Cultivation details

Agroforestry Services: Living fence  Fodder: Bank  Fodder: Pod  Industrial Crop: Biomass  Management: Coppice  Management: Standard  Minor Global Crop  Staple Crop: Balanced carb

Landscape Uses:Aggressive surface roots possible, Specimen. Succeeds in most soils, acid or alkaline[160, 200], so long as they are well-drained[202]. Requires a sunny position[11]. Tolerates drought once established[1] and atmospheric pollution[200]. Salt tolerant[200]. The honey locust is speculated to tolerate an annual precipitation of 60 to 150cm, an annual temperature range of 10 to 21°C, and a pH in the range of 6 to 8[269]. Trees are rather tender when young, but they are hardy to about -30°c once they are established[200]. They grow best in southern Britain[11]. The honey locust is often cultivated in warm temperate zones for its edible seeds and seedpods[202], trees start to bear when about 10 years old and produce commercial crops for about 100 years[227]. Wild trees seldom live longer than 120 years[229]. Trees are shy to flower and therefore do not often produce a worthwhile crop in Britain due to our cooler summers[202]. There are some named varieties[183]. The sub-species nana produced lots of viable seed in the hot summer of 1989 at Kew[K], it also had a very good crop in 1994, 1996 and in 1999[K]. The sub-species inermis had a very good crop of pods in the autumn of 1996[K]. 'Ashworth' has pods with a very sweet pulp that has a melon-like flavour[183]. The flowers have a pleasing scent[245]. A very ornamental tree[1], the flowers are very attractive to bees[149, 269]. Trees have a light canopy, they come into leaf late and lose their leaves early[11] making them an excellent canopy tree for a woodland garden. Plants in this genus are notably resistant to honey fungus[200]. Unlike most plants in this family, honey locusts do not fix atmospheric nitrogen[160, 226]. Special Features:North American native, Naturalizing, Fragrant flowers, Inconspicuous flowers or blooms.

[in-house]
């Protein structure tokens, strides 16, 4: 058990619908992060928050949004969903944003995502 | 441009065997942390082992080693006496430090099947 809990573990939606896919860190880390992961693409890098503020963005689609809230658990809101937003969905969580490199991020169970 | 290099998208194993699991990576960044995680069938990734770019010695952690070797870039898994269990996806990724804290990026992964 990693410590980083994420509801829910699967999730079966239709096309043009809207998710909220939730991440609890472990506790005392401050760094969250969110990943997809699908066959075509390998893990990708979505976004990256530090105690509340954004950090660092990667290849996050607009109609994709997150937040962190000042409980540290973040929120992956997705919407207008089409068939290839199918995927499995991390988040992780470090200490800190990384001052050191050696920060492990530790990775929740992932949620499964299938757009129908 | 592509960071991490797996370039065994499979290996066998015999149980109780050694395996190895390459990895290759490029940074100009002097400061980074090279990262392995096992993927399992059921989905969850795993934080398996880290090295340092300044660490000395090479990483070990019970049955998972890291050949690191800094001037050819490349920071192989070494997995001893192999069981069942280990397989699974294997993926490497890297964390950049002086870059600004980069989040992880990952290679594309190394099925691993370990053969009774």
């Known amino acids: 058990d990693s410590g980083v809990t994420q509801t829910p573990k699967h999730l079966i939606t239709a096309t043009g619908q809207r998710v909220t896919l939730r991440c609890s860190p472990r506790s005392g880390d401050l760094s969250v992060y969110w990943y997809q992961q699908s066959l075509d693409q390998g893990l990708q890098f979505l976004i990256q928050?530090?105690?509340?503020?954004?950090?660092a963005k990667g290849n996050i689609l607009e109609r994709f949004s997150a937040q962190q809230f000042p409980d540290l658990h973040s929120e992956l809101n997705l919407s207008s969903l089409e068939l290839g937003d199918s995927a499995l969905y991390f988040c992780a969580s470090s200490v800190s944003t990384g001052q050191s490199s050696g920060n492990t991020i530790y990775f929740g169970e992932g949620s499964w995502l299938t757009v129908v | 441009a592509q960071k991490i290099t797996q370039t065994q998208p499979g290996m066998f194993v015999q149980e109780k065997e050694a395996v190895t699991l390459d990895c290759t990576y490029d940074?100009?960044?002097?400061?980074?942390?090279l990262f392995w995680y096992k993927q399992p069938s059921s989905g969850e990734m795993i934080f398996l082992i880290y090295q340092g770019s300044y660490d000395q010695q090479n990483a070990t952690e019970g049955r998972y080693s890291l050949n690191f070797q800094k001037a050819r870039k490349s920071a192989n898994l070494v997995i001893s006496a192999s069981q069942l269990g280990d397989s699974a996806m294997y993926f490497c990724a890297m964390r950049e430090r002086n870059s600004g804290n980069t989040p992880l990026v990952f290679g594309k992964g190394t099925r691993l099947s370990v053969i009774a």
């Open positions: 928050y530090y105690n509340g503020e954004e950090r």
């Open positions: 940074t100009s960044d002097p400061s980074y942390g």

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Seed - pre-soak for 24 hours in warm water and then sow in spring in a greenhouse[78]. The seed should have swollen up, in which case it can be sown, if it has not swollen then soak it for another 24 hours in warm water. If this does not work then file away some of the seed coat but be careful not to damage the embryo[78]. Further soaking should then cause the seed to swell. One it has swollen, the seed should germinate within 2 - 4 weeks at 20°c. As soon as they are large enough to handle, prick the seedlings out into individual deep pots and plant them out into their permanent positions in the summer. Give the plants some protection from the cold for their first few winters outdoors.

Other Names

If available other names are mentioned here

Found In

Countries where the plant has been found are listed here if the information is available

Weed Potential

Right plant wrong place. We are currently updating this section. Please note that a plant may be invasive in one area but may not in your area so it’s worth checking.

Conservation Status

IUCN Red List of Threatened Plants Status :

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Readers comment

jordan   Mon Jul 14 2008

These plants co-evolved with north american Oligocene mammals and, during the Pleistocene were ecologically connected with elephants, rhinos, horses, mastodons. Without these animals, the once continent-wide plant was only in tiny patches... until cows and horses were brought back to North American by eurpeans. This plant wants Megafauna! it does extremely well with cows and horses... yey for bringing back the Plesitocene!

Sam Alaimo   Sat Dec 13 2008

I was wondering if you are aware of any book(s) that translate the meaning of the latin name to English.I am always curious as to how a plant was given its latin name. Thank you.

jumpinjivinjoe   Sun Jan 11 2009

Rich's link is outdated, I think the page is for more info on the honey locust